These results are set forth in the following Table.
TABLE______________________________________KENDALLSTANDARD KENDALL KENDALL TEVESTIP, BLUNT TIP BLUNT TIP BLUNT2 BUFFS 2 BUFFS 3 BUFFS TIP______________________________________MEAN 46.02 GMs. 73.71 GMs. 78.71 GMs. 212.21 GMs.* SD 6.34 GMs. 10.26 GMs. 9.20 GMs. 16.27 GMs.HIGH 67.00 GMS. 100.30 GMs. 100.68 GMs. 229.30 GMs.LOW 38.27 GMs. 50.56 GMs. 60.14 GMs. 196.92 GMs.GAUGE 18 18 18 18SIZE______________________________________ * STANDARD DEVIATION
The data in the chart indicates that the Kendall Blunted Tip with two buffs is 59.6% duller than the Standard needle; while the Kendall Blunted Tip with three buffs is 71.% duller than the standard needle. The three buff is in turn 7.16% duller than the two buff.
From the foregoing test results, it will be seen initially that the blunted Kendall needles are within the sharpness ranges previously established for the Dull and Superdull needles. In other words, the blunted needles of the present invention retains the same sharp cutting edges around the periphery of the opening while maintaining essentially the same grams of force to inhibit the blunted tip from cutting through the dura mater. Stated another way, as distinguished from the "dulled" needles the Kendall Healthcare Products Company has previously commercialized, the instant invention provides needles which retain sharp cutting edges giving the anesthetist a more comfortable and easier "feel" for cutting through the tissues while maintaining the same or substantially the same resistance against penetrating the dura mater.
On the other hand, a curved epidural needle contemplated for use in introducing a catheter within the epidural space is rendered useless and perhaps unsafe when blunted in accordance with the geometry and teachings of the aforementioned U.S. Pat. No. 4,721,506 issued to Teves.
From the test data set forth in the above Table it will be observed that the Teves design is 361.1% duller than the Standard Kendall needle; and 169.9% duller than the Kendall Blunt Tip, 3 buff. It was nearly 70% duller than the dullest Tuohy needle the Kendall Healthcare Products Company has commercialized.
Based upon this analytical data, and even allowing for a significant margin of error, it is believed that the sharpness range of the Kendall needle blunted according to the teachings of Teves is so far outside that ranges contemplated by the corporate assignee that in all probability the clinician could not get the needle through the skin of the patient. In any case, it is thought clear that a clinician attempting to use the Tuohy needle incorporating the Teves design would immediately discard it and obtain a different needle.
In so stating this conclusion, it is not intended to pass judgment or deprecate the patented invention which it is stressed is directed to the straight tip epidural needles intended to be used with a syringe to inject anesthesia and which are much smaller and therefore easier to introduce into the body.
What is stressed, however, is that while the Teves design may be perfectly satisfactory for the straight needles to which the invention is in fact directed, it is useless for use with the curved epidural needles contemplated by the present invention.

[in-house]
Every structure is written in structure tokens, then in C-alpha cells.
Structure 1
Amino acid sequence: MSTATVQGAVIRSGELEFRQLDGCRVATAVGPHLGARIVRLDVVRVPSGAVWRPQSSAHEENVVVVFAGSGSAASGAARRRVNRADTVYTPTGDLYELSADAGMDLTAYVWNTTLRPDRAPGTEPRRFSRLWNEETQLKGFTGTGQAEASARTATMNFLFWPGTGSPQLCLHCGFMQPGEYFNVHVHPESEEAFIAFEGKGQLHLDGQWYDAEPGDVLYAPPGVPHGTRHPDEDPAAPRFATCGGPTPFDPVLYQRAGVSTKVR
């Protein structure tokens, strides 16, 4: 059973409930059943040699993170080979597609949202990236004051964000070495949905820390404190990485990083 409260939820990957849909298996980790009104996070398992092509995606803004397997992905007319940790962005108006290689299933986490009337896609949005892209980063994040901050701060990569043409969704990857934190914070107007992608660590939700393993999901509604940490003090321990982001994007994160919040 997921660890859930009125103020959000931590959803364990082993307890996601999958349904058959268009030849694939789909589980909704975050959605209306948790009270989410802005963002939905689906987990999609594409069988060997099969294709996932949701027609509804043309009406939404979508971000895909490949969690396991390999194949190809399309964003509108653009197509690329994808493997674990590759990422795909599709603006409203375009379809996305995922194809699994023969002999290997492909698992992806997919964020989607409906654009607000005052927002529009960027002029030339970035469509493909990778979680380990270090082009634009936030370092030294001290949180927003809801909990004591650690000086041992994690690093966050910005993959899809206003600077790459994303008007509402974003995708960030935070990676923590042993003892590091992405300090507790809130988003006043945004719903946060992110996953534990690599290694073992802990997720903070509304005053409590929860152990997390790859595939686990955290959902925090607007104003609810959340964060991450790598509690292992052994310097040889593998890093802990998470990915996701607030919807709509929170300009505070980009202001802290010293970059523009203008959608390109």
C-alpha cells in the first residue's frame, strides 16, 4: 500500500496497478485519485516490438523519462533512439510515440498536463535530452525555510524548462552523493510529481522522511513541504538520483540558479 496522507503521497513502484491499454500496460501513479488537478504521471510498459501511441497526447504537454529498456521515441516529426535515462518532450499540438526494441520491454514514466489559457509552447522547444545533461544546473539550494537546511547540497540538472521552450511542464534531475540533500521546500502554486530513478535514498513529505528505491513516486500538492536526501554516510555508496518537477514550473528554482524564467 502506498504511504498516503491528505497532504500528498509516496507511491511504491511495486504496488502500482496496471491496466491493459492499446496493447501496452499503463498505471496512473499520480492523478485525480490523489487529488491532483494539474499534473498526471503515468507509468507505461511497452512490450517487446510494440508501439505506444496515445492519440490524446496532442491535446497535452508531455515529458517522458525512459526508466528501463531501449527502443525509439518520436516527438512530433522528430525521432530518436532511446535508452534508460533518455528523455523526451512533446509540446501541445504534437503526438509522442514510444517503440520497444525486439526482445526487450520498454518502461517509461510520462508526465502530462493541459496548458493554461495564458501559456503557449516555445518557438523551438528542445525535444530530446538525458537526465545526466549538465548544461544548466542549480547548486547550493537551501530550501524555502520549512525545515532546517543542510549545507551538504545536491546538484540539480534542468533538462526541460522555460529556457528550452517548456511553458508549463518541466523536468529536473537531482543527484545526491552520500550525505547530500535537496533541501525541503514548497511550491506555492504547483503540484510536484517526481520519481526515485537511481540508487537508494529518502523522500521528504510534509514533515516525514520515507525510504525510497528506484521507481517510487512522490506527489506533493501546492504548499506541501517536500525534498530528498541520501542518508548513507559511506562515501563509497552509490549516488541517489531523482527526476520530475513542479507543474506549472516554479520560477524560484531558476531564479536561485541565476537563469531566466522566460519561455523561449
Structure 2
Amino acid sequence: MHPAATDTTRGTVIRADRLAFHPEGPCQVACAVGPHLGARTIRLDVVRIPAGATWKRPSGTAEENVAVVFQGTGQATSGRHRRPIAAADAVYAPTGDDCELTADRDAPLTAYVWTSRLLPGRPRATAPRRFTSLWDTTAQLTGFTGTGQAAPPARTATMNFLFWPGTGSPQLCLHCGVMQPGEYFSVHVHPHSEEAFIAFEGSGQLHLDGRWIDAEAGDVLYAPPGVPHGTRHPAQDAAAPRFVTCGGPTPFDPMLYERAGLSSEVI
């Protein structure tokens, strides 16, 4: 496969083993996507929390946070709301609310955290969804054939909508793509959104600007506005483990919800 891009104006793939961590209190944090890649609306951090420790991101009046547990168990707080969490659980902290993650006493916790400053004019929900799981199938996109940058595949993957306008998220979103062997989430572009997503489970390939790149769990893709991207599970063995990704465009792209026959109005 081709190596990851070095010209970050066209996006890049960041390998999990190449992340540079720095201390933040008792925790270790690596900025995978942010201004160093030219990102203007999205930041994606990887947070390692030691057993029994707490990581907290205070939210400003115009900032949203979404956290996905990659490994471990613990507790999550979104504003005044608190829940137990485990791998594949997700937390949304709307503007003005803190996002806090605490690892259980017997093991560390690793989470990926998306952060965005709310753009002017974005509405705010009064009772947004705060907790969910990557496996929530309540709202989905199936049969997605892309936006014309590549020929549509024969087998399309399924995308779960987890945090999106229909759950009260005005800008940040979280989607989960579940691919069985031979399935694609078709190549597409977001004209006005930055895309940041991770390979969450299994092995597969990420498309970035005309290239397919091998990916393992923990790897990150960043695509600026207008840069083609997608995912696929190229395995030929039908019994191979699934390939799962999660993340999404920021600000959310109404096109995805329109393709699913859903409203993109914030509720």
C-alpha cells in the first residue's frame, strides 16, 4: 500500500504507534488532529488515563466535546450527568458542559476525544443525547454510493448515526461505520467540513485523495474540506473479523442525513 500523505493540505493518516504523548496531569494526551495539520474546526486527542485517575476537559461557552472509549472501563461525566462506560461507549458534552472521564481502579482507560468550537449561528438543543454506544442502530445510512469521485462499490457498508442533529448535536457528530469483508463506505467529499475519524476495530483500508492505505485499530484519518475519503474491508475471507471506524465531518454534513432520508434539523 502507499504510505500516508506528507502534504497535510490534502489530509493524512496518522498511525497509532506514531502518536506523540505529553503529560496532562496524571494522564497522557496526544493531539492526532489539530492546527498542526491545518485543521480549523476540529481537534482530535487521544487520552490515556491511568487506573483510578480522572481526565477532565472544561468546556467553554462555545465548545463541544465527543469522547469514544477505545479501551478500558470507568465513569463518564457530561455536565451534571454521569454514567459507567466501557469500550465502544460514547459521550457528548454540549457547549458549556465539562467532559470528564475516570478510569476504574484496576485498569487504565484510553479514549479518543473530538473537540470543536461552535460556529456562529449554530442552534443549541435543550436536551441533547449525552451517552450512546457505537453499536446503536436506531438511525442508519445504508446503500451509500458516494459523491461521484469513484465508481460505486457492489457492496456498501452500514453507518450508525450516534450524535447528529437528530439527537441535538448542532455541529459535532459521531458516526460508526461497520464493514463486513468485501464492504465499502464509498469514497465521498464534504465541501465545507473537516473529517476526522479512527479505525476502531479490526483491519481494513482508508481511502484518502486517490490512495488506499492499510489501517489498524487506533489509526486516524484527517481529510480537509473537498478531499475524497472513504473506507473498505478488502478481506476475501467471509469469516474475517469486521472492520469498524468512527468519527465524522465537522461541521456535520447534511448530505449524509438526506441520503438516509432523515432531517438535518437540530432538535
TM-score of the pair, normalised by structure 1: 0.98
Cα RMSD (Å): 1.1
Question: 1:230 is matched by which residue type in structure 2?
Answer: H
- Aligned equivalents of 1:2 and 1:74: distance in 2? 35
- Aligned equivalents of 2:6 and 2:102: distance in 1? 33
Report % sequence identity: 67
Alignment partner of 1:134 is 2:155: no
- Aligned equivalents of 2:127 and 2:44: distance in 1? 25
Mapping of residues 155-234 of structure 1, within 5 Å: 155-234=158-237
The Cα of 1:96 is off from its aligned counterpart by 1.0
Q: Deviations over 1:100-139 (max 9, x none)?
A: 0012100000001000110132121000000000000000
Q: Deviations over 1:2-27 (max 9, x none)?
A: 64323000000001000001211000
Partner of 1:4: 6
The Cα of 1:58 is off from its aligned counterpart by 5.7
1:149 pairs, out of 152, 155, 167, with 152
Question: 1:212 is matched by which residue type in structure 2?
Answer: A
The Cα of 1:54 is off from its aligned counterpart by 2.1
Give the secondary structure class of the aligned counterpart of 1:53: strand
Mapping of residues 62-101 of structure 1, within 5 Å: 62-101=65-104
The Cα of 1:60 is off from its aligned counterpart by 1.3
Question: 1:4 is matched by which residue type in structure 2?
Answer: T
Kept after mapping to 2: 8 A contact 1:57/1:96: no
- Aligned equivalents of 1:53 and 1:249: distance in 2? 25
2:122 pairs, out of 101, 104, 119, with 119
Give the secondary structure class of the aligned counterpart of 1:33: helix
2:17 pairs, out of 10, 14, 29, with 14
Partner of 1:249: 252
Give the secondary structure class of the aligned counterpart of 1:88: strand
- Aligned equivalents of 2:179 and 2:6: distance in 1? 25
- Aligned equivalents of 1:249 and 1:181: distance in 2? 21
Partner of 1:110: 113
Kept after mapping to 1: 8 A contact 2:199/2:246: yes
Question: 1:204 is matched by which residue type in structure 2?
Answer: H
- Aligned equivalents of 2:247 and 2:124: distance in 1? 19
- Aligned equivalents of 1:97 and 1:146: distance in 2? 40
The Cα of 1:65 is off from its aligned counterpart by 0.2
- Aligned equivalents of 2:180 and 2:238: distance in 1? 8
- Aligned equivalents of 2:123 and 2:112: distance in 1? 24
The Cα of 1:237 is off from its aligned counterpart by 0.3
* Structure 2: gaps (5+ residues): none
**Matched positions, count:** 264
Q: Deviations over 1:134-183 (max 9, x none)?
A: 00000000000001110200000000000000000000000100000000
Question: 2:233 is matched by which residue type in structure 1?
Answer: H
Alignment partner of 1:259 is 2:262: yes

In accordance with this invention, the anesthesia may be administered in per se known manner. For example, following the procedure previously described, the needle is inserted within the epidural space. The catheter is then threaded through the needle until a desired length of the catheter is within the epidural space, after which the needle is then removed by sliding it over the entire length of catheter, care of course being taken not to dislodge the position of the catheter within the epidural space. After the needle has been removed, the proximal end of the catheter is then secured to the adapter in preparation for the commencement of the administration of anesthesia.
It will be appreciated that various changes may be made with out departing from the spirit of the present invention, the scope of which will be defined in the appended claims.
For example, as shown in FIGS. 6 and 7, to assist the anesthetist in determining the proper distance to insert the needle for a given patient, the needle shaft may be provided with needle depth markings consisting of alternating sections of a different color of a desired uniform length, e.g. one centimeter If desired, each segment may also be numbered consecutively, the number on each segment designating the distance of that segment within the body, as described and claimed in the copending application of the present Applicant, Ser. No. 08/205,230 filed Apr. 4, 1994.
It is also contemplated the present invention is useful in the split needle invention described and claimed in U.S. Pat. Nos. 5,322,512, 5,425,717 and D352,108 wherein the needle may be removed from the catheter by splitting it along the shaft instead of having to slide it over the needle, thereby permitting the proximal end of the catheter to be permanently secured to an adapter.
Other changes and modifications may be readily suggested to those skilled in the art in the light of the foregoing description. Accordingly, it is to be expressly understood that the foregoing description of the invention and the appended drawings shall be taken as illustrative and not in a limiting sense.